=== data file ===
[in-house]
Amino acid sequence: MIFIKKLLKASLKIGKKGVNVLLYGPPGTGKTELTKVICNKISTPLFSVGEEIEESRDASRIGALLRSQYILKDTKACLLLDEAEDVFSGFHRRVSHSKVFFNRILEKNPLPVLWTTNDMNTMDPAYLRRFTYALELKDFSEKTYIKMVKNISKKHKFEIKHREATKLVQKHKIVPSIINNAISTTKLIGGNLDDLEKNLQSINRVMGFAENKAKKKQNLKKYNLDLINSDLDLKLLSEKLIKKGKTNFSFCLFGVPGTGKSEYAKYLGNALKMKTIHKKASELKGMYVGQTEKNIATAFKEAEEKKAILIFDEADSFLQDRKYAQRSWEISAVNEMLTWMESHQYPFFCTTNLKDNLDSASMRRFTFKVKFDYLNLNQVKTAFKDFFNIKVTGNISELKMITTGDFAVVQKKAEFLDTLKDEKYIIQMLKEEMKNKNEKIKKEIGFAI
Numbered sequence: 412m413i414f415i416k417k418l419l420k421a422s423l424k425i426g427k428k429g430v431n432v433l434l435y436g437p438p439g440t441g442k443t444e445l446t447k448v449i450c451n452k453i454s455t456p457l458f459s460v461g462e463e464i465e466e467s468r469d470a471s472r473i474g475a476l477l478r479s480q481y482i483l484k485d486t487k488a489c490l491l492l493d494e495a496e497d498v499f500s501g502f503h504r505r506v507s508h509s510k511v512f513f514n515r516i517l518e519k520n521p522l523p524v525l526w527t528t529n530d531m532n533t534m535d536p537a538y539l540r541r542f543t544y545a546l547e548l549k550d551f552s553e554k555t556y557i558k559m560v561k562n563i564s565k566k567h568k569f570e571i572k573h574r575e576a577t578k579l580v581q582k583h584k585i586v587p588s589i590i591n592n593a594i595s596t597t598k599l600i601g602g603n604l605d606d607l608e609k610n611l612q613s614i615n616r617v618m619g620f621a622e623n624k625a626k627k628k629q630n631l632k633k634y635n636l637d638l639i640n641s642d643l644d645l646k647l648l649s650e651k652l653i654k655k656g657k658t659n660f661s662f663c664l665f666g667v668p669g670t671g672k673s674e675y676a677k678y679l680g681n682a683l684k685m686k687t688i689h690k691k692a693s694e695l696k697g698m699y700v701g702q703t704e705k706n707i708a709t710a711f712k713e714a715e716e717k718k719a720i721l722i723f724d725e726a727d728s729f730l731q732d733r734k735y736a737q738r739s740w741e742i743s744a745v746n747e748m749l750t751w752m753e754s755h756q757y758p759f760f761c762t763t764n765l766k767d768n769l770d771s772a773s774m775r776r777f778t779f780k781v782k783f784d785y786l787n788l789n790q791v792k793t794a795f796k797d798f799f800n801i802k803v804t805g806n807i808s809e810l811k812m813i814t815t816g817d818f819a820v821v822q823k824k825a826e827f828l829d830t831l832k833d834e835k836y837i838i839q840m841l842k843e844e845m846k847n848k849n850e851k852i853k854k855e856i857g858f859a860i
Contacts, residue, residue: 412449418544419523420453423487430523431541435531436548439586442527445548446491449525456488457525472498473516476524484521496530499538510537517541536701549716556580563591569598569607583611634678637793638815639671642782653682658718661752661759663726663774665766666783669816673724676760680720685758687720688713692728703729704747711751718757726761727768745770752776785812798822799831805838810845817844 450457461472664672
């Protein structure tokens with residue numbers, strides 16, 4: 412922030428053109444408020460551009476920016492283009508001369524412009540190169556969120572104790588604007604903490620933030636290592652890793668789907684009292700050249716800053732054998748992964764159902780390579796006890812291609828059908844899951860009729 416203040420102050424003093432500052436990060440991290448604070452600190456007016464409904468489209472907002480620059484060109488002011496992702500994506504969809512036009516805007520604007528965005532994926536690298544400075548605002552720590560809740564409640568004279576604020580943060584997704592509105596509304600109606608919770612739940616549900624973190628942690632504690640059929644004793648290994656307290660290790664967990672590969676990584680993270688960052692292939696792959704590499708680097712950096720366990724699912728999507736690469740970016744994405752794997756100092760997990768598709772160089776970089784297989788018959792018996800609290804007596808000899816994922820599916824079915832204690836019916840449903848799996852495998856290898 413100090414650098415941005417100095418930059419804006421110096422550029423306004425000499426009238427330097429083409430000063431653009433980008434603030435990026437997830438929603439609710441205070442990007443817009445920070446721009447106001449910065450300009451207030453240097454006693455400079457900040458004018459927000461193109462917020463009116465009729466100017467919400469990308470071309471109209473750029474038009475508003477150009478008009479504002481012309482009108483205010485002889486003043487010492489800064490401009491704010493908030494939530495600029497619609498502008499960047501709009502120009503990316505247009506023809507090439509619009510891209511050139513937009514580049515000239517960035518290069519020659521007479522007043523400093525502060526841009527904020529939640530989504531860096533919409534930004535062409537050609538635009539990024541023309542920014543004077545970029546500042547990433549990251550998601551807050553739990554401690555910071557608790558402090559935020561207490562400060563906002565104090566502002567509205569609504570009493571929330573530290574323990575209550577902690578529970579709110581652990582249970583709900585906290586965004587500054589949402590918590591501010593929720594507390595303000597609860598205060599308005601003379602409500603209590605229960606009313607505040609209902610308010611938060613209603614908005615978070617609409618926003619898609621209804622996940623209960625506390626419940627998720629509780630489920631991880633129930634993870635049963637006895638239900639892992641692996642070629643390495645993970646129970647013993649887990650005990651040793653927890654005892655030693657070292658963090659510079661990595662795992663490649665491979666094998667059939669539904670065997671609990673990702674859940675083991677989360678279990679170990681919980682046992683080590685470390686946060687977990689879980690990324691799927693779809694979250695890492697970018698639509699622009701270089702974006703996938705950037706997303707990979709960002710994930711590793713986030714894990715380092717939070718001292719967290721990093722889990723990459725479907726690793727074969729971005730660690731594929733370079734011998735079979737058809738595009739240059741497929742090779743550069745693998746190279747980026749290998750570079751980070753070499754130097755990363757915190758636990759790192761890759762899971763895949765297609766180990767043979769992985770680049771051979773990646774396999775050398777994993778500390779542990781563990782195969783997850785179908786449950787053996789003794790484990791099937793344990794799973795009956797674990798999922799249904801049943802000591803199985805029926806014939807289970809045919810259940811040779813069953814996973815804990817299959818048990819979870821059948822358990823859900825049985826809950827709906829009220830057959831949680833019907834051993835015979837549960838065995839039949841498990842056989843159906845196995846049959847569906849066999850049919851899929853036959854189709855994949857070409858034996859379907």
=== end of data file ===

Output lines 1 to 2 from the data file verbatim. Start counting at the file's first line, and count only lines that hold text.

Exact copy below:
[in-house]
Amino acid sequence: MIFIKKLLKASLKIGKKGVNVLLYGPPGTGKTELTKVICNKISTPLFSVGEEIEESRDASRIGALLRSQYILKDTKACLLLDEAEDVFSGFHRRVSHSKVFFNRILEKNPLPVLWTTNDMNTMDPAYLRRFTYALELKDFSEKTYIKMVKNISKKHKFEIKHREATKLVQKHKIVPSIINNAISTTKLIGGNLDDLEKNLQSINRVMGFAENKAKKKQNLKKYNLDLINSDLDLKLLSEKLIKKGKTNFSFCLFGVPGTGKSEYAKYLGNALKMKTIHKKASELKGMYVGQTEKNIATAFKEAEEKKAILIFDEADSFLQDRKYAQRSWEISAVNEMLTWMESHQYPFFCTTNLKDNLDSASMRRFTFKVKFDYLNLNQVKTAFKDFFNIKVTGNISELKMITTGDFAVVQKKAEFLDTLKDEKYIIQMLKEEMKNKNEKIKKEIGFAI